Fifa crisis: South Africa to probe bribe claims

South Africa supporter blows a vuvuzela prior to the start of the Group F first round 2010 World Cup football match Paraguay vs. New Zealand on June 24, 2010 at Peter Mokaba stadium in Polokwane Image copyright AFP
Image caption South Africa is the only African nation to have hosted the World Cup

An elite police unit in South Africa is to launch a preliminary inquiry into allegations that officials paid bribes to help secure the 2010 World Cup.

The announcement came after an opposition party handed documents to the Hawks unit about the claims of bribery.

Ex-Fifa official Chuck Blazer has admitted in the US that he agreed to take bribes related to the bid.

South African officials have strongly denied that bribes were paid.

The US has launched a wide-ranging criminal case that has engulfed football's world governing body Fifa and led Sepp Blatter to announce his resignation as its president.

An indictment alleges that South Africa paid a $10m (£6.5m) bribe to Fifa officials to secure the 2010 bid, ahead of Morocco.

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Media captionNick Bryant reports on the admissions by former Fifa executive Chuck Blazer that he and others accepted bribes

It also alleges that a senior South African official travelled to Paris to hand over cash in $10,000 stacks - in a hotel room, to an unnamed person working for Jack Warner, the former Fifa vice-president and head of the North, Central American and Caribbean Association Football (Concacaf).

Hawks spokesman Brigadier Hangwana Mulaudzi said the US had not asked the South African police to assist with investigations.


The Hawks had opened its preliminary investigation after being approached by the Freedom Front Plus opposition party, Mr Mulaudzi said, South Africa's Sport24 news site reports.

''The Freedom Front Plus came to us on Tuesday and dropped off some documents demanding that we look at them," he is quoted as saying.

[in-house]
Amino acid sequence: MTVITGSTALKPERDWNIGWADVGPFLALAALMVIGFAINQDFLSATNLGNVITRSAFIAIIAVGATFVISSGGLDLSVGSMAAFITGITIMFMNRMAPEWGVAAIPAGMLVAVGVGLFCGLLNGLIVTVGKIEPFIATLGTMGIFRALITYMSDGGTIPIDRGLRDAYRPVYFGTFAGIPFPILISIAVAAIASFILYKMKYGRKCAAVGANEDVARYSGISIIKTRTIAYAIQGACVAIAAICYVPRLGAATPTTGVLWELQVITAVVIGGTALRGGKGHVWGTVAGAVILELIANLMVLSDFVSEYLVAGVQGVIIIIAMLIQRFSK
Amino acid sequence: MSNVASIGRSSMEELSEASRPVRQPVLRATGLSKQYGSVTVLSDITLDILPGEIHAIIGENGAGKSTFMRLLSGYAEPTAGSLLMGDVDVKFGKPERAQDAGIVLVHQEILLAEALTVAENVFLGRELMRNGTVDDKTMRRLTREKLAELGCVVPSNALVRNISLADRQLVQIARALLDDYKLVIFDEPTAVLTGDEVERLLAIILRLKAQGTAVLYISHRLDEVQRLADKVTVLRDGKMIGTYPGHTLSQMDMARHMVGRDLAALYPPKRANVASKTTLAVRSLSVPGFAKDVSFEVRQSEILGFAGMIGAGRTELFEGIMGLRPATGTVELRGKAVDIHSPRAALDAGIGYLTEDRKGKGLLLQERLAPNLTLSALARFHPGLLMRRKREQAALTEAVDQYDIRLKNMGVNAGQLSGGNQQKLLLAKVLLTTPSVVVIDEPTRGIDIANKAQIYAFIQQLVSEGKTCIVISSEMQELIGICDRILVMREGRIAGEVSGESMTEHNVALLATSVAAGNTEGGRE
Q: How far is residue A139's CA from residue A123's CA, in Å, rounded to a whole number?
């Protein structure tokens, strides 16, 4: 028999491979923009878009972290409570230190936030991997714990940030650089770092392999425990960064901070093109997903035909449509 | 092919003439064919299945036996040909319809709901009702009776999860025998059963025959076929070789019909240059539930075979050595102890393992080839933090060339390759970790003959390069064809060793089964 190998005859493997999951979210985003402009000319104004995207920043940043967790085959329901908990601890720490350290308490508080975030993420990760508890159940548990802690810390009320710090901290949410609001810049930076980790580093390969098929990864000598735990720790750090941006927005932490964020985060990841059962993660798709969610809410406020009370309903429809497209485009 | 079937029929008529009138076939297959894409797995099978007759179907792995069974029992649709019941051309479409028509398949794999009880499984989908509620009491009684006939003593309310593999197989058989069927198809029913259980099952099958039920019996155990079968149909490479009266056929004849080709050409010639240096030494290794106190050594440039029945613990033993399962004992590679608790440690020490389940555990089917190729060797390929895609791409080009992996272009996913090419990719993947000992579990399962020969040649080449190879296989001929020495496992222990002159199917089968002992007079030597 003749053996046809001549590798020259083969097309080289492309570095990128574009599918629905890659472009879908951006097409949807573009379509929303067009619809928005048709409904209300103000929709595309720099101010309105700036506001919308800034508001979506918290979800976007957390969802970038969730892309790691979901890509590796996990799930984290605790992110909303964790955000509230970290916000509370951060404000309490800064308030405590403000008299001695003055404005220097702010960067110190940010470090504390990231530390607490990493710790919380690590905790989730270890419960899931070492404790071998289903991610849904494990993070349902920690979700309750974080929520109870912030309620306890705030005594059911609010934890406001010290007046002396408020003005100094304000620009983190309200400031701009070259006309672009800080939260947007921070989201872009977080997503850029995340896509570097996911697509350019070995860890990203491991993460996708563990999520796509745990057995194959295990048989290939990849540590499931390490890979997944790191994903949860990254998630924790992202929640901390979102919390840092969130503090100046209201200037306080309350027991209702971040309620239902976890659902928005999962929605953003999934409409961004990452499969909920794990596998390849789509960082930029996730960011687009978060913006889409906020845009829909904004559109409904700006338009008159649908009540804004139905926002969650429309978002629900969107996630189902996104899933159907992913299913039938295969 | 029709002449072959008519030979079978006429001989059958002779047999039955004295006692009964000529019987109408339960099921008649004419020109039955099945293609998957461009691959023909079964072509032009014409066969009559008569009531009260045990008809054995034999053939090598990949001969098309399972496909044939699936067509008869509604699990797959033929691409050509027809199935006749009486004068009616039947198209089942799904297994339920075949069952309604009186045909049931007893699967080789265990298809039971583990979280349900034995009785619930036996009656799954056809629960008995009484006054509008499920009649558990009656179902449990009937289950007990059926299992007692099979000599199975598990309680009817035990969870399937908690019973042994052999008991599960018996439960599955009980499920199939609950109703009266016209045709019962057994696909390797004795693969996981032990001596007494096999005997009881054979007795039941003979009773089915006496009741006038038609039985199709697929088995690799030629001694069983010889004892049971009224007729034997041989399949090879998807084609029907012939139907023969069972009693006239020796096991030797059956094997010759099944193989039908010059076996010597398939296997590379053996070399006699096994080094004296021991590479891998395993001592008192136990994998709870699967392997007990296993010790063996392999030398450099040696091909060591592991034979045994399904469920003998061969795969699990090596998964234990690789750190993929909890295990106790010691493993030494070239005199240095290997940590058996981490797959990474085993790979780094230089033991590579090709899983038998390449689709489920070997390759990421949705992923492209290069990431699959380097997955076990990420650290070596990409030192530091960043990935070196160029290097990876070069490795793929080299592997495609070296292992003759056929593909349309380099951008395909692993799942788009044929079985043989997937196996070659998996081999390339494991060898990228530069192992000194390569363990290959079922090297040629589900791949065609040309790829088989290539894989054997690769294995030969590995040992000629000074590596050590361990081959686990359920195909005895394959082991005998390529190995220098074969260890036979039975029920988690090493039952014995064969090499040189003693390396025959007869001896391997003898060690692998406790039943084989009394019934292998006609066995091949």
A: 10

The documents are believed to contain information that could implicate senior South African Football Association (Safa) officials, reports the BBC's Nomsa Maseko from Johannesburg.

Mr Mulaudzi said the documents would be studied and "if there is enough to open a case we will do it", Sport24 reports.

However, he was quoted by the South African government's news agency as saying that no formal investigation had been launched.

"The speculations that have been doing the rounds claiming that Hawks are investigating Safa president Danny Jordaan and other Safa officials are simply malicious, baseless and unfounded," Mr Mulaudzi said.


South Africa's Sports Minister Fikile Mbalula said on Wednesday that payments related to the World Cup had been "above board", and no bribes had been paid.

South Africa was proud to have hosted Africa's first World Cup, and would not allow itself to be caught in a battle between the US and Fifa, he said.

Image copyright AFP
Image caption Danny Jordaan spearheaded South Africa's bid
Image copyright AFP
Image caption The tournament had a strong African feel to it

South Africa comes out fighting

What will it take to fix Fifa?

Later, the US released a transcript from a 2013 hearing in which Mr Blazer pleaded guilty to 10 charges.

In the transcript, prosecutors refer to Fifa "and its membership or constituent organisation" as a Rico enterprise - a Racketeering Influenced Corrupt Organisation.

Mr Blazer says: "Beginning in or around 2004 and continuing through 2011, I and others on the Fifa executive committee agreed to accept bribes in conjunction with the selection of South Africa as the host nation for the 2010 World Cup."

Blazer said one of his co-conspirators received a bribe in Morocco for its bid to host the 1998 tournament, which was eventually awarded to France.

Last week US prosecutors indicted 14 people on charges of bribery, racketeering and money laundering. Four others had already been charged, including Mr Blazer.

The US justice department alleges they accepted bribes and kickbacks estimated at more than $150m over a 24-year period.

How Fifa makes and spends its money

How can Fifa reform itself?

In another development, Mr Warner, who is among those charged, said on Wednesday he had documents linking Fifa officials to the 2010 election in Trinidad and Tobago.

"I will no longer keep secrets for them who actively seek to destroy the country," he said in a paid political broadcast on Wednesday evening.

Mr Warner, who denies charges against him, said he feared for his life, but would reveal everything he knows about the alleged corruption.

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Media captionIn a televised address in Trinidad, Jack Warner said he feared for his life

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